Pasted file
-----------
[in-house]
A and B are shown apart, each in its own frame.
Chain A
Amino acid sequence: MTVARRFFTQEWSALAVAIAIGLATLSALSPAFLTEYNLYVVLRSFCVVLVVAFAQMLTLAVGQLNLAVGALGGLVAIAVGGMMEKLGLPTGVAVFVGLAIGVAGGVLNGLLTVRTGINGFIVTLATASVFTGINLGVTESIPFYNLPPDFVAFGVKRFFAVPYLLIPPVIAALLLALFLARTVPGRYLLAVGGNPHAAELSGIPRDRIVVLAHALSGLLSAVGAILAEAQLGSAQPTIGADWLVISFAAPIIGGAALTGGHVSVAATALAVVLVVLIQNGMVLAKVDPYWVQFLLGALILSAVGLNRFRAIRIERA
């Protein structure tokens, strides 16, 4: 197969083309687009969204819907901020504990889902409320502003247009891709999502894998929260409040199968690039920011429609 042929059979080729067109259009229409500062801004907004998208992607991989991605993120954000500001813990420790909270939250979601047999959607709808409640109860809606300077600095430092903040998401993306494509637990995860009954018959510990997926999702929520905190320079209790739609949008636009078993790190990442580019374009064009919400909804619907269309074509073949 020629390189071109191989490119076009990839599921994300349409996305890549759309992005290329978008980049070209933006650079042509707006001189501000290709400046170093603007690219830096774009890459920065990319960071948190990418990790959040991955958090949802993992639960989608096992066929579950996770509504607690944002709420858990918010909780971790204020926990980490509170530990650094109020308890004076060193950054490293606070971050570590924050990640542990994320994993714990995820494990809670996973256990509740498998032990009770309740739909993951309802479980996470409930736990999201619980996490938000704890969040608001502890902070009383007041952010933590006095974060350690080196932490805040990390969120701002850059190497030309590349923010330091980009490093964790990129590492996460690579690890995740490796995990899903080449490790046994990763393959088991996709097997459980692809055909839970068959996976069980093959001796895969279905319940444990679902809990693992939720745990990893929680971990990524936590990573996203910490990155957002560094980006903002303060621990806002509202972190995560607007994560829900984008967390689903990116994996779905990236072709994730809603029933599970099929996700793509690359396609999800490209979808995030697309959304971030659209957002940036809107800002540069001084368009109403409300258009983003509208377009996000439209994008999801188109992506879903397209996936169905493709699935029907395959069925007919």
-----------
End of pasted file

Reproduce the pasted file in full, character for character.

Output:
[in-house]
A and B are shown apart, each in its own frame.
Chain A
Amino acid sequence: MTVARRFFTQEWSALAVAIAIGLATLSALSPAFLTEYNLYVVLRSFCVVLVVAFAQMLTLAVGQLNLAVGALGGLVAIAVGGMMEKLGLPTGVAVFVGLAIGVAGGVLNGLLTVRTGINGFIVTLATASVFTGINLGVTESIPFYNLPPDFVAFGVKRFFAVPYLLIPPVIAALLLALFLARTVPGRYLLAVGGNPHAAELSGIPRDRIVVLAHALSGLLSAVGAILAEAQLGSAQPTIGADWLVISFAAPIIGGAALTGGHVSVAATALAVVLVVLIQNGMVLAKVDPYWVQFLLGALILSAVGLNRFRAIRIERA
């Protein structure tokens, strides 16, 4: 197969083309687009969204819907901020504990889902409320502003247009891709999502894998929260409040199968690039920011429609 042929059979080729067109259009229409500062801004907004998208992607991989991605993120954000500001813990420790909270939250979601047999959607709808409640109860809606300077600095430092903040998401993306494509637990995860009954018959510990997926999702929520905190320079209790739609949008636009078993790190990442580019374009064009919400909804619907269309074509073949 020629390189071109191989490119076009990839599921994300349409996305890549759309992005290329978008980049070209933006650079042509707006001189501000290709400046170093603007690219830096774009890459920065990319960071948190990418990790959040991955958090949802993992639960989608096992066929579950996770509504607690944002709420858990918010909780971790204020926990980490509170530990650094109020308890004076060193950054490293606070971050570590924050990640542990994320994993714990995820494990809670996973256990509740498998032990009770309740739909993951309802479980996470409930736990999201619980996490938000704890969040608001502890902070009383007041952010933590006095974060350690080196932490805040990390969120701002850059190497030309590349923010330091980009490093964790990129590492996460690579690890995740490796995990899903080449490790046994990763393959088991996709097997459980692809055909839970068959996976069980093959001796895969279905319940444990679902809990693992939720745990990893929680971990990524936590990573996203910490990155957002560094980006903002303060621990806002509202972190995560607007994560829900984008967390689903990116994996779905990236072709994730809603029933599970099929996700793509690359396609999800490209979808995030697309959304971030659209957002940036809107800002540069001084368009109403409300258009983003509208377009996000439209994008999801188109992506879903397209996936169905493709699935029907395959069925007919």